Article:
By Peter Nurse – U.S. stocks are seen opening largely higher Friday, attempting to rebound from the previous session’s losses although weakness in Big Tech could weigh following a report that the Biden administration is to look to reinstate Obama-era rules on net neutrality.

At 7:15 AM ET (1115 GMT), the Dow Futures contract was up 220 points, or 0.7%, S&P 500 Futures traded 17 points, or 0.4%, higher, while Nasdaq 100 Futures was marginally lower.

The broad-based S&P 500 closed Thursday 0.9% lower, the Dow Jones Industrial Average dropped over 250 points, or 0.8%, and the technology-heavy Nasdaq Composite fell 0.7%. 

Axios, an American news website, reported Friday that President Joe Biden will push the Federal Communications Commission to reinstate rules on 'Net Neutrality' that had been scrapped by President Donald Trump. This would form part of an initiative aimed at enhancing competition in many sectors across the economy. Trump's reforms had been welcomed at the time by both content providers and broadband operators.

This comes as concerns grow about the impact of the Covid-19 virus, and particularly the delta strain, on global economic growth. For example, May GDP grew 0.8% in the U.K. on the month, a sharp slowdown from the 2.0% gain the previous month, which in itself was revised lower. 

San Francisco President Mary Daly warned on Friday in an interview with the Financial Times of the danger of assuming the pandemic was over, while the Centers for Disease Control and Prevention stated earlier this week that the delta variant was now the dominant coronavirus strain in the United States.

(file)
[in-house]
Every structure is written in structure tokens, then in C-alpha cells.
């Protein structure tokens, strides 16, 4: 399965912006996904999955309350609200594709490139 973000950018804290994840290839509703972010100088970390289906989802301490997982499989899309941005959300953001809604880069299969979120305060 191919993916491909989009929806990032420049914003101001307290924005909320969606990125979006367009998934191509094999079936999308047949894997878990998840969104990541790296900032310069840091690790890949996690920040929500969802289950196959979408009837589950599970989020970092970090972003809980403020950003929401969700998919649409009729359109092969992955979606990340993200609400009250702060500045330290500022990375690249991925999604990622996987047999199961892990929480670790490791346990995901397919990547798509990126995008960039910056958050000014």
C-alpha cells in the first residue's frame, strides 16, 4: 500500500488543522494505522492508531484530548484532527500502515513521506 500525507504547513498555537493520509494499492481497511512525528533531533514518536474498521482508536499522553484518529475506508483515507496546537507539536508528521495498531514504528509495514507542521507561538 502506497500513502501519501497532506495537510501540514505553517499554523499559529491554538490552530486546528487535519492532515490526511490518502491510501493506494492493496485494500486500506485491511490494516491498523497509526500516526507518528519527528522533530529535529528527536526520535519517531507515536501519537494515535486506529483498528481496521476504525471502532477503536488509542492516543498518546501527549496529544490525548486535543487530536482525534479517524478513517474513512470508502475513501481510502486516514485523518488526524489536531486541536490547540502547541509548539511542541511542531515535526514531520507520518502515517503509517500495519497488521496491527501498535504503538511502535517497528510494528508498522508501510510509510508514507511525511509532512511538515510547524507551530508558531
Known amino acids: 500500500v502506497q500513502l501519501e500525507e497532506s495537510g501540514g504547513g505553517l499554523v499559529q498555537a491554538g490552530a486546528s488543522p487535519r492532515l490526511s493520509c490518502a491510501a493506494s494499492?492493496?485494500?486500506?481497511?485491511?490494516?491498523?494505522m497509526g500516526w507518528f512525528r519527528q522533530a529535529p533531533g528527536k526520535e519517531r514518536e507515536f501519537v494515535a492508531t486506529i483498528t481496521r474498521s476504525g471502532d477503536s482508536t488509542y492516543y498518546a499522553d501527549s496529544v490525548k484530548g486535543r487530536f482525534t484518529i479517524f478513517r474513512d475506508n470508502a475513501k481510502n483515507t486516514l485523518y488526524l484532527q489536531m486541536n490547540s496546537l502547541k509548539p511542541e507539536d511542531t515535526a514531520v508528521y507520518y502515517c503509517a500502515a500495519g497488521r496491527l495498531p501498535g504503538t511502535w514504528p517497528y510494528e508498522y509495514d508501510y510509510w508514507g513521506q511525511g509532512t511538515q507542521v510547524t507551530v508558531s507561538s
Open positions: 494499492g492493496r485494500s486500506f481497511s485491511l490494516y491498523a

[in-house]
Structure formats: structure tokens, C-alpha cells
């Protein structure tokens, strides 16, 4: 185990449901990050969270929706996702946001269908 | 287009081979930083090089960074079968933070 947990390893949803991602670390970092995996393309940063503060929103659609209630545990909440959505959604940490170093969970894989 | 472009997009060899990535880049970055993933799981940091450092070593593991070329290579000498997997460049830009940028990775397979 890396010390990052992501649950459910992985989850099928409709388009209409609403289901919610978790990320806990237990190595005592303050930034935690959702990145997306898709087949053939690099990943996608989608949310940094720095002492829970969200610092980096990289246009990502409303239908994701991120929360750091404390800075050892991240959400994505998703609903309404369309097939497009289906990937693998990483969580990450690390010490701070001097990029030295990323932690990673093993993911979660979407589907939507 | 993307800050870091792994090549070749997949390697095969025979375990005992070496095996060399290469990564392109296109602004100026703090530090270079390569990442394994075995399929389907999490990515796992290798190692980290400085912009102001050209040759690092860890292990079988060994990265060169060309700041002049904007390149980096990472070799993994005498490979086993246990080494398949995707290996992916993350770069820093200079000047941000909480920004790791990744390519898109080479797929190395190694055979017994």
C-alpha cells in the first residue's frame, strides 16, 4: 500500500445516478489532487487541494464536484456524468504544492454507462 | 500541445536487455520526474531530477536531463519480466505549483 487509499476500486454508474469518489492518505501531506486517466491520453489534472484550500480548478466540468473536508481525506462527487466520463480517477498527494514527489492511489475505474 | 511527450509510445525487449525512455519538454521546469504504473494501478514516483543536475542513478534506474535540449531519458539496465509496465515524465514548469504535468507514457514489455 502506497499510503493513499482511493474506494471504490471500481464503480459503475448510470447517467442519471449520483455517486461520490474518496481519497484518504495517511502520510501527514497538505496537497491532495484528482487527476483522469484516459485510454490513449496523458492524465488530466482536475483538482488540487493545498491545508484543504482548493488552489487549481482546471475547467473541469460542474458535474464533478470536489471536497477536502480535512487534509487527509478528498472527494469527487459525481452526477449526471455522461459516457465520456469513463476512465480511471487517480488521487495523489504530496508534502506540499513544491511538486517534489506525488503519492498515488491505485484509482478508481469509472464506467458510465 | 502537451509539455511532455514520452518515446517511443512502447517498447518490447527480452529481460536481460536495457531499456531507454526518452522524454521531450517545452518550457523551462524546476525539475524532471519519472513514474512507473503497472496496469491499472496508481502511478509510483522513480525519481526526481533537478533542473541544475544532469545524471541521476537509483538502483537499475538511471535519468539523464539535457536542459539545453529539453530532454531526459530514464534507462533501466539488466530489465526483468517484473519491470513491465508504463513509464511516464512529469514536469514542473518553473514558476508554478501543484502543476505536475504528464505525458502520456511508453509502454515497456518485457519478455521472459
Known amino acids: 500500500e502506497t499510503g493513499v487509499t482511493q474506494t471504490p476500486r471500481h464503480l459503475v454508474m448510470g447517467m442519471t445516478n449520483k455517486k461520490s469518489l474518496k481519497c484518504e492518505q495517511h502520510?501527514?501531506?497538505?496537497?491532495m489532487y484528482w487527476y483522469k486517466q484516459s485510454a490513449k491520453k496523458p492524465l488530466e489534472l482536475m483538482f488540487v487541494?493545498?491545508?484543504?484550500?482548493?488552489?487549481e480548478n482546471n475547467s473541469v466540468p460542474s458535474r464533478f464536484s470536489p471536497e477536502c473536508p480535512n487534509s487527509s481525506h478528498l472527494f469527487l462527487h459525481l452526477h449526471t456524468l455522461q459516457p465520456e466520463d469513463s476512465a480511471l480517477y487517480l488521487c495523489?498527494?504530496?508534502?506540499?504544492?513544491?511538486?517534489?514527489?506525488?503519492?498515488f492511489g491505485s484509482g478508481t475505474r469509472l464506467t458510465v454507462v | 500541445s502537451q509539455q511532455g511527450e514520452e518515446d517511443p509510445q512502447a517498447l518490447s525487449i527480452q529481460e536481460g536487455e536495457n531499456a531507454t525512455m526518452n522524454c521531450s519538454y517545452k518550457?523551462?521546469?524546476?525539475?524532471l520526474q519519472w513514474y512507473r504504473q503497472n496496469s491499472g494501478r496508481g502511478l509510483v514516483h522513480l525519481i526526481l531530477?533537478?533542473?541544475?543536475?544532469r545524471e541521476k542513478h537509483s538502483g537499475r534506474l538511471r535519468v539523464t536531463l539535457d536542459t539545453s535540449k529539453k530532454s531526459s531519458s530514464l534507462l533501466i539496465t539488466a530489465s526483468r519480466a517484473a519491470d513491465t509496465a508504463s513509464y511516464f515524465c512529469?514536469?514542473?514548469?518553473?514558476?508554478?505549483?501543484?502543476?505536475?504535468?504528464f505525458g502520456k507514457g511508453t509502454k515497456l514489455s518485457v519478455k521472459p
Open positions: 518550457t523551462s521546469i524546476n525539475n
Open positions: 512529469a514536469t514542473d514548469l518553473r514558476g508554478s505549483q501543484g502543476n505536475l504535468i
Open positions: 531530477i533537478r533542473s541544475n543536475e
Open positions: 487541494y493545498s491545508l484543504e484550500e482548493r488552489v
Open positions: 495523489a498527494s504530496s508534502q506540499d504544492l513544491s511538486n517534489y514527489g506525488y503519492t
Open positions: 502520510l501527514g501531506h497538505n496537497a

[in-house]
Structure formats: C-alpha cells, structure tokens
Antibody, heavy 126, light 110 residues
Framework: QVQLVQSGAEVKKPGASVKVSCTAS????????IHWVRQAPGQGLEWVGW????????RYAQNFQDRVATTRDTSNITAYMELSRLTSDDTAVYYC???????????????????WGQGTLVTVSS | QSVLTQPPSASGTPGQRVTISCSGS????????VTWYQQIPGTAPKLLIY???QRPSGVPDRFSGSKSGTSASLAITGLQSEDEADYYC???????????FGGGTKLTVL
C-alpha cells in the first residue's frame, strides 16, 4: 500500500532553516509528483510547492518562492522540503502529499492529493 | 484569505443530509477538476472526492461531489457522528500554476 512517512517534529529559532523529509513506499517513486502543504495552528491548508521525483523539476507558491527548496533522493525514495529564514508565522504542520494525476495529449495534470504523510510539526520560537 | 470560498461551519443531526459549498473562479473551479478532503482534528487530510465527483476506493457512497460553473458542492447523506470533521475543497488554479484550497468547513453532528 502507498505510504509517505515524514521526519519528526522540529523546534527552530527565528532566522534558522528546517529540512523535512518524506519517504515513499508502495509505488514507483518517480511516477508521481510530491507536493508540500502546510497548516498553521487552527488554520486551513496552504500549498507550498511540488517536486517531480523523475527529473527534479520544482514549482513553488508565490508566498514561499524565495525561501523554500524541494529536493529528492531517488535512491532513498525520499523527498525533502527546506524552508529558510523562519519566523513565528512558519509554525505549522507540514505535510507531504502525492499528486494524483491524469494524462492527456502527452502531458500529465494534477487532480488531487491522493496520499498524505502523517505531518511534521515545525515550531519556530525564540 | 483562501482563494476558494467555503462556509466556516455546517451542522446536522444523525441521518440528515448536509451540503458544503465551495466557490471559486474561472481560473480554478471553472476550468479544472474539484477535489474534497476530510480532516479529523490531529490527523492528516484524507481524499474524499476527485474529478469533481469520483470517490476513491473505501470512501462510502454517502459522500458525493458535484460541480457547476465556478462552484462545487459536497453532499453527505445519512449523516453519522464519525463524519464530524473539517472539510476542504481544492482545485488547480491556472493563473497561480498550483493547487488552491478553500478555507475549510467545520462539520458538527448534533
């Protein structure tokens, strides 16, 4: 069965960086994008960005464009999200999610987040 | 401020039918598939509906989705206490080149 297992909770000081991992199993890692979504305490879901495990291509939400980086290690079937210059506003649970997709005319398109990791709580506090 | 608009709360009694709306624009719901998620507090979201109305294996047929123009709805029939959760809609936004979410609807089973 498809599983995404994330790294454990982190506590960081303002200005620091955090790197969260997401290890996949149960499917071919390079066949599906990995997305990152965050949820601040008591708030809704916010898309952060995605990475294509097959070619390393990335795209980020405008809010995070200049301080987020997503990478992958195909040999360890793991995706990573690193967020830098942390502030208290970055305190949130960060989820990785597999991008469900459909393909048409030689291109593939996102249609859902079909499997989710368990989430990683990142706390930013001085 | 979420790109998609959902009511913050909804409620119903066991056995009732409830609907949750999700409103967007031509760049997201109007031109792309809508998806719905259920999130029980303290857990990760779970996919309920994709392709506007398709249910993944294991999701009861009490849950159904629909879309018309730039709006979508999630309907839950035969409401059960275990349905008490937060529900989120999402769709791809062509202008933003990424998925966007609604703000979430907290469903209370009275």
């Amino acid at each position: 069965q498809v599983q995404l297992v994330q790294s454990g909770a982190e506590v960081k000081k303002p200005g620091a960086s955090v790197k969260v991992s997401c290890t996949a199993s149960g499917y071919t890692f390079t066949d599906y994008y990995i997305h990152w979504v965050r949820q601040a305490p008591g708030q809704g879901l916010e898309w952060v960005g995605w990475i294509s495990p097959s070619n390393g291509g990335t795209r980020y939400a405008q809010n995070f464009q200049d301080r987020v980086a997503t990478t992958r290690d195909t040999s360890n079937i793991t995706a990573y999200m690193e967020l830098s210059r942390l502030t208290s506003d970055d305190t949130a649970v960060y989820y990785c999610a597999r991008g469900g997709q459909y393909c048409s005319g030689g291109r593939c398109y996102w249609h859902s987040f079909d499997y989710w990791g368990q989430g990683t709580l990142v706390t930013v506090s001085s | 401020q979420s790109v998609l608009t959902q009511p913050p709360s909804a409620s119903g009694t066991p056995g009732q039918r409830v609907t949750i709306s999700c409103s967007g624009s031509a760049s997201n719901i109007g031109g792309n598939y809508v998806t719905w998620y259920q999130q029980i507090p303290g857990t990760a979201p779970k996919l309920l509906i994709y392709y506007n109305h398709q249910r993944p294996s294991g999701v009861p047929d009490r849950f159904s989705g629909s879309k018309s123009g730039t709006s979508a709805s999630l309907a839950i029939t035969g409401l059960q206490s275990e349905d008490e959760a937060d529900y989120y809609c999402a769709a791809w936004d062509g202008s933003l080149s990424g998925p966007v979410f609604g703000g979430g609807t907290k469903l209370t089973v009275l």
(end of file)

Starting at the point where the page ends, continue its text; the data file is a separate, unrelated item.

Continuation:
There was some good news on the subject, as Pfizer (NYSE:PFE), along with partner BioNTech (NASDAQ:BNTX), announced late Thursday that they plan to apply shortly for emergency use authorization for a booster shot to their Covid-19 vaccine, while also starting work on an updated version of their virus to tackle new variants.

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Elsewhere, oil prices edged higher, boosted by the U.S. Energy Information Administration reporting Thursday a drop in the country's crude inventories of just under 7 million barrels. The official body also stated that fuel demand soared to 10 million barrels a day in the week before the July 4 national holiday.

Also of note Friday will be the release of the Baker Hughes total of working U.S. oil rigs as well as the CFTC crude oil net speculative positions. 

At 7:15 AM ET, U.S. crude futures traded 1.2% higher at $73.78 a barrel, while the Brent contract rose 0.8% to $74.73.

Additionally, gold futures was flat at $1,800.10/oz, while EUR/USD traded 0.2% higher at 1.1862.


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